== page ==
The front garden award for this year’s “Stansted in Bloom” competition had an environmental theme. The winning resident, Sue Cohen, has focused on plants that benefit butterflies, bees, ladybirds and other insects, such as long grasses, verbena, echinacea, allium, geum and echinops. Sue says she is looking to transform her front garden into more of a meadow with garden flower bombs.
According to the Wildlife Gardening Forum, “about 87% of households in the UK have gardens, so there are getting on for 23 million gardens” with an average size of around 190 square metres. This equates to around 4,400 square km of garden space in our country – nearly 2 percent of the UK’s land area.
This large area of intensively managed land is just under eight times the size of the New Forest, a fifth of the size of Wales and 20 percent larger than Essex. Utilising gardens as wildlife habitats has a significant positive effect for the thousands of generalist species that can live in gardens. Even the smallest space can make a difference.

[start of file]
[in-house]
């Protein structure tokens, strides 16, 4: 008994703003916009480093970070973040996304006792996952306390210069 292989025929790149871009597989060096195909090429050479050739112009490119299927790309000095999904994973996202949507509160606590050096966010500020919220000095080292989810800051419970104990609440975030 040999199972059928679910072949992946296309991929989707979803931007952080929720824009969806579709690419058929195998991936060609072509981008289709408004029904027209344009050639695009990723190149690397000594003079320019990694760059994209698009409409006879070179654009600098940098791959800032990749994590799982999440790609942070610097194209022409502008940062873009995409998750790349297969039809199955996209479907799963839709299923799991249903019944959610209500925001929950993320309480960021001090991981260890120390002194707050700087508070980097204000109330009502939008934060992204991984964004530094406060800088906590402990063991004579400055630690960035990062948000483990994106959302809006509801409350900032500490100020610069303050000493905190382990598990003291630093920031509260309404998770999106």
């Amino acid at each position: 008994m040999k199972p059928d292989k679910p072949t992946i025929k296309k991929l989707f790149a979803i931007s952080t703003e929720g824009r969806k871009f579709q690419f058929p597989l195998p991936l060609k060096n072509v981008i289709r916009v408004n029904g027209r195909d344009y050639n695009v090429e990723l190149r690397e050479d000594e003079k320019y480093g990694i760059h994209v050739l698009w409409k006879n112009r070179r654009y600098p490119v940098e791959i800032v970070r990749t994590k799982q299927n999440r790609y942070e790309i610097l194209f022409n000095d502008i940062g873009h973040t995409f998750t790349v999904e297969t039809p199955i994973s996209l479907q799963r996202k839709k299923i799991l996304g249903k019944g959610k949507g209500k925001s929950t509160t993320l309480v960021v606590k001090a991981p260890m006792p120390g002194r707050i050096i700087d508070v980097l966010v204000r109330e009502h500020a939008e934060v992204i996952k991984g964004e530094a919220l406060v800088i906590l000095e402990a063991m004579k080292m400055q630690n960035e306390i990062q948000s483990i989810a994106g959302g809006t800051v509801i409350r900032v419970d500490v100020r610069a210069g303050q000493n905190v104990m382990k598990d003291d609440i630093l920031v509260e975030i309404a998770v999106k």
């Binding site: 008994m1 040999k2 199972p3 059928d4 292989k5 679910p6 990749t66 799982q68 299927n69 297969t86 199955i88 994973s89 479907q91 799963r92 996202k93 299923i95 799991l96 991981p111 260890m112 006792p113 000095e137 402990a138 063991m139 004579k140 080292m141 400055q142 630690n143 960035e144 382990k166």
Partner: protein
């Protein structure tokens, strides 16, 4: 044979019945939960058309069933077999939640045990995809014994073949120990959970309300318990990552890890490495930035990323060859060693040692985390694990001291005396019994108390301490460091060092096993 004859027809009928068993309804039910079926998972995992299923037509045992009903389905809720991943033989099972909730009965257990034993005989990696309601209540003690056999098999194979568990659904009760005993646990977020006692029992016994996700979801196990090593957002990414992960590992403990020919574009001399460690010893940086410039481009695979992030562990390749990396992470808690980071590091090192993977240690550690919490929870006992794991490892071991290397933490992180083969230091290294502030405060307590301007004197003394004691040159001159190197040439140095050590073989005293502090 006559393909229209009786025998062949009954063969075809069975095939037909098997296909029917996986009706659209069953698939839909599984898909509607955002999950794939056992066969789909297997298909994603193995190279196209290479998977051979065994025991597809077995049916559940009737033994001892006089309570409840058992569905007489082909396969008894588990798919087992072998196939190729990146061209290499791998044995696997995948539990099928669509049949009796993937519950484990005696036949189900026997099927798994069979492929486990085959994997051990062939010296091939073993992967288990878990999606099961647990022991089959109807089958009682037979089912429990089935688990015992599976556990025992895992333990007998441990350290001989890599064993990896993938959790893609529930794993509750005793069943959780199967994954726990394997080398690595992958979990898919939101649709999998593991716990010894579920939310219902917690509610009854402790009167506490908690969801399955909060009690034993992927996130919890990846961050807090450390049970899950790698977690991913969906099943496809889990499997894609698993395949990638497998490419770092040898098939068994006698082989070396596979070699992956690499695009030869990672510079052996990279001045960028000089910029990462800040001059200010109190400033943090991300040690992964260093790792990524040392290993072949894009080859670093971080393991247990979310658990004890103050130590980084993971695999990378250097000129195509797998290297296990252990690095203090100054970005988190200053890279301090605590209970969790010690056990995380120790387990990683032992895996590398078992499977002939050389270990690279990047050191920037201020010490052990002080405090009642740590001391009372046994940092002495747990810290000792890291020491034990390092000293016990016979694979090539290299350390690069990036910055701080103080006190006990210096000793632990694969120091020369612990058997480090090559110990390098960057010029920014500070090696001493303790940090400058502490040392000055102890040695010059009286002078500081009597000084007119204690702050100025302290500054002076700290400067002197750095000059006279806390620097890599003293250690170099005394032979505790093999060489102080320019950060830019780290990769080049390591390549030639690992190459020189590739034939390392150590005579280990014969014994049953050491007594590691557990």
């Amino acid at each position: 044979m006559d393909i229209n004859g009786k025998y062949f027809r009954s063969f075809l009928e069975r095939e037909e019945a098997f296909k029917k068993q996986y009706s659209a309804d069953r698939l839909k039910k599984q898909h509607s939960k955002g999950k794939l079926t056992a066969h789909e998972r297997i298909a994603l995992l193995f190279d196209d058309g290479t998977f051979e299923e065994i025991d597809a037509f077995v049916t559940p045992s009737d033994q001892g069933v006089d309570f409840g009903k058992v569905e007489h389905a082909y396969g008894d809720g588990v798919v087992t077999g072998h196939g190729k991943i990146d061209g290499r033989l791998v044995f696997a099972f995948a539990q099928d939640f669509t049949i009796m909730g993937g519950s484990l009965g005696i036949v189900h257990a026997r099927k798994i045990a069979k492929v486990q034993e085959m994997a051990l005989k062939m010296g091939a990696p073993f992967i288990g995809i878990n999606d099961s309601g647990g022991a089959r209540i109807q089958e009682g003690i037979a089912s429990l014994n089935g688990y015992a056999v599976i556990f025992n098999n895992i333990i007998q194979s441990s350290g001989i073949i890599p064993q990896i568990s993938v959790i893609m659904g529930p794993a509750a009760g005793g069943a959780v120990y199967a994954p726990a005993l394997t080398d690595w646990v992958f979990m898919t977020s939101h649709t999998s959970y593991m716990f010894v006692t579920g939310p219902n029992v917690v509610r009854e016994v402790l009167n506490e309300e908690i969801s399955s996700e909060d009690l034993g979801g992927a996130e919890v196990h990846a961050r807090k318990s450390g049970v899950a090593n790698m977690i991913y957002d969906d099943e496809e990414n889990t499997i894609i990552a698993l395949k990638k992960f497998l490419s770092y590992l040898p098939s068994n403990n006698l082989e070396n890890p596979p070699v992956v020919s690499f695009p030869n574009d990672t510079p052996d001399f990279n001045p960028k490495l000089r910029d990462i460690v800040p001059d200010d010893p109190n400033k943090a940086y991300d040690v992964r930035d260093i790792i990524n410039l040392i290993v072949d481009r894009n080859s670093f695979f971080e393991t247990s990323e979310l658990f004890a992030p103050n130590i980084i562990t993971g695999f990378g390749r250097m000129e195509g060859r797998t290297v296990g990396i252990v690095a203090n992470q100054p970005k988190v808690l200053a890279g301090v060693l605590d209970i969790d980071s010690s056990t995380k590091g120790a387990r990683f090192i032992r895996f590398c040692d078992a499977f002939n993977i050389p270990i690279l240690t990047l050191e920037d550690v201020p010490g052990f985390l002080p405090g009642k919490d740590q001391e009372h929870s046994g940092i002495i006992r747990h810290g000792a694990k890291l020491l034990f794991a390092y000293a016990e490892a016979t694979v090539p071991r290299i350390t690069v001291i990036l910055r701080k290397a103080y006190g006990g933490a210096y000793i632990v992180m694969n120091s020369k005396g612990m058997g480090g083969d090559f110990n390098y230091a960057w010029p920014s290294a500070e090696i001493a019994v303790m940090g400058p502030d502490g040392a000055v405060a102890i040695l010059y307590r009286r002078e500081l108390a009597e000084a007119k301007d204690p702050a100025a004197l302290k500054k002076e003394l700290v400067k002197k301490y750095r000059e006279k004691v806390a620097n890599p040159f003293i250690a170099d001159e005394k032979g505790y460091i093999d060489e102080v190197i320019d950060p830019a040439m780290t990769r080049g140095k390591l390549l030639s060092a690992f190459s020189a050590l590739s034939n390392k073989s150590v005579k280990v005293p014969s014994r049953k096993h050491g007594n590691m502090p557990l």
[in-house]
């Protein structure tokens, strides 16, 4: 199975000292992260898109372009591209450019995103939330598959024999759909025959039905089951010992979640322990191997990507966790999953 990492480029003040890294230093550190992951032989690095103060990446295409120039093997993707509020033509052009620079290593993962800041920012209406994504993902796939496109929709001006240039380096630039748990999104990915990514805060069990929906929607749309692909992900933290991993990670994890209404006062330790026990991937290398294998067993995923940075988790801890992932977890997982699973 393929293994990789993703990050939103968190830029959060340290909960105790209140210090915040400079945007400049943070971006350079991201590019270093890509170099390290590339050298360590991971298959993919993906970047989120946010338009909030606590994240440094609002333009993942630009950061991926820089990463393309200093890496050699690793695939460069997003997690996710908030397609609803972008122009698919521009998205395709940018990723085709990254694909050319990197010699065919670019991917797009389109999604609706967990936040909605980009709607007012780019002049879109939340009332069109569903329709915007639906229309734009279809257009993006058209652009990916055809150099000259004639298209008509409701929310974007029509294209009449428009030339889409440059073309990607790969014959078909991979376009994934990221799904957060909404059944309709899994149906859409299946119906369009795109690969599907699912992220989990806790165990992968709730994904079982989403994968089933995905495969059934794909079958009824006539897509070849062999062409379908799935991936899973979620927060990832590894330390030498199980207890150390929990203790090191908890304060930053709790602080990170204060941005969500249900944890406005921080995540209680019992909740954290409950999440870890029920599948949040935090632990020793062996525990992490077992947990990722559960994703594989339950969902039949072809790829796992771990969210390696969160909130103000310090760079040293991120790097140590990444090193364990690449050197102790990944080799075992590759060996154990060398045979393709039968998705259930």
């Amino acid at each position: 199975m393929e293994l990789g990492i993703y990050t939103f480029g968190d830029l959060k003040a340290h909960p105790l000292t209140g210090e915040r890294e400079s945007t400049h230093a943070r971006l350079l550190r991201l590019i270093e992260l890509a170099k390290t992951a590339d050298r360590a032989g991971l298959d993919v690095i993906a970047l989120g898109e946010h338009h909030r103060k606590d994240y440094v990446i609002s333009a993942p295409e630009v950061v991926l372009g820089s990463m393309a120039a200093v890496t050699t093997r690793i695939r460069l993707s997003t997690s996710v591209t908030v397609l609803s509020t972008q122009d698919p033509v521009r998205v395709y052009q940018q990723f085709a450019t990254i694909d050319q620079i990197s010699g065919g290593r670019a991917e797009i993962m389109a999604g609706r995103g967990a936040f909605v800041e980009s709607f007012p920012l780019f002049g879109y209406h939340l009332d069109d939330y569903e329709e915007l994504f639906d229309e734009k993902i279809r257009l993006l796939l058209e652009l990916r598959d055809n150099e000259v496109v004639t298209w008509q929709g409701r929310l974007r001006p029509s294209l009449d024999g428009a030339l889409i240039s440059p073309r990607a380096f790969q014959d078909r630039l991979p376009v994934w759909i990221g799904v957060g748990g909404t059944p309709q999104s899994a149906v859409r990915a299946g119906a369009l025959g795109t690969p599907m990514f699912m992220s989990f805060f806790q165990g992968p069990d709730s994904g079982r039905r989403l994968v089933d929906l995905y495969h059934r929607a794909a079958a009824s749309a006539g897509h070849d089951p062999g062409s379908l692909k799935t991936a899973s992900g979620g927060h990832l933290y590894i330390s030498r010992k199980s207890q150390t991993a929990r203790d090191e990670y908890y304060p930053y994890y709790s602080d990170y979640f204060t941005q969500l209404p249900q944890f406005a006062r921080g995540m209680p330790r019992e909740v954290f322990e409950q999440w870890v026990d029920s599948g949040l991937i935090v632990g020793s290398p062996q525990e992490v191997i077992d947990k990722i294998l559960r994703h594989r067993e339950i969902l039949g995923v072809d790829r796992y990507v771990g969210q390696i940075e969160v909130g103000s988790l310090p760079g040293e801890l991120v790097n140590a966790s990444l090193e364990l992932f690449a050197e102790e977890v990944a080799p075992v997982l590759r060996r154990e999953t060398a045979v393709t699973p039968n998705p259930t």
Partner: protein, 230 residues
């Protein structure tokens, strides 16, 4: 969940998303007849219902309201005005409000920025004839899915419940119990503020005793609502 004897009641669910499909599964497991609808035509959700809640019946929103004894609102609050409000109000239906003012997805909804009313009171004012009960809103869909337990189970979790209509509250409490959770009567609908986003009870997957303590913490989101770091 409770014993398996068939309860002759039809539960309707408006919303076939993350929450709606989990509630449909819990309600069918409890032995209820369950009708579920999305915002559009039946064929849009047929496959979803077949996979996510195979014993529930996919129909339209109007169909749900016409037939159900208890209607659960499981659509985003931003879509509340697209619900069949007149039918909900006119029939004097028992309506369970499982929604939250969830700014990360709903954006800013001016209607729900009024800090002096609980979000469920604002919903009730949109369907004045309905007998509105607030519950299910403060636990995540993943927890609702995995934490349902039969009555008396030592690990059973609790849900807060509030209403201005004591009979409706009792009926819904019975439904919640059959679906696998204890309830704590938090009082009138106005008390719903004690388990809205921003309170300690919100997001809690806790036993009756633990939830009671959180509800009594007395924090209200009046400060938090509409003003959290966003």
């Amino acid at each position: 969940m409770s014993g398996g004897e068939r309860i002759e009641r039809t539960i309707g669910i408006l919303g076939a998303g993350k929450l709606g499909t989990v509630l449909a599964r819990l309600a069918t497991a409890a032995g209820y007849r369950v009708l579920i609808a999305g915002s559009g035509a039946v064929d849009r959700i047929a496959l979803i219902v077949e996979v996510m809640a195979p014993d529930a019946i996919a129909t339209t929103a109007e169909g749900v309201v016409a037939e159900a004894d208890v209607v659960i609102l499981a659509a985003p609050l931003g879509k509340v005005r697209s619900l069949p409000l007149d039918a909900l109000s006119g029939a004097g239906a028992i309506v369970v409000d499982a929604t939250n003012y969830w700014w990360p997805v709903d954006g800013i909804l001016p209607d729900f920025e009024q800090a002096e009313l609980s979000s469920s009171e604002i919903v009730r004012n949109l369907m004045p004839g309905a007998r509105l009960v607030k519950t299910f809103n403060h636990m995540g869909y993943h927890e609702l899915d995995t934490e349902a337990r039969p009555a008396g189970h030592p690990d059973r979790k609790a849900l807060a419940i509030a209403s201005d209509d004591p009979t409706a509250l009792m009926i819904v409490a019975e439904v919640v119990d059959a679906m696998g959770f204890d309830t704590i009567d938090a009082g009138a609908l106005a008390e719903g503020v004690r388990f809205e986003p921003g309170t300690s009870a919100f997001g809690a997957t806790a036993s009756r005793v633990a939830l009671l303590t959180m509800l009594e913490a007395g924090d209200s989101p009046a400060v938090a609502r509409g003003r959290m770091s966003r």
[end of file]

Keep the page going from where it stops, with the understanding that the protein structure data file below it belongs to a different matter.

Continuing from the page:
Gardens can also be important for birds, particularly during the winter. Our native species benefit from the presence of insects as well as a regular supply of grains and fresh water we can provide. This is particularly important when the fields are frozen and birds cannot easily dig up worms.
But we should not forget our endangered hedgehogs, whose population has been undermined by habitat loss as well as the toxic effect of slug pellets and modern fencing which prevents them from travelling between gardens. Housing developer Bovis Homes is pioneering “hedgehog highways” – holes that are created at ground level in fencing and other barriers, which are designed to allow access between selected gardens and wilder areas.
I bought a hedgehog hotel from Herts Hogline in Bishop’s Stortford. It did not get any hibernating visitors last year, but hopefully it will get some use this winter.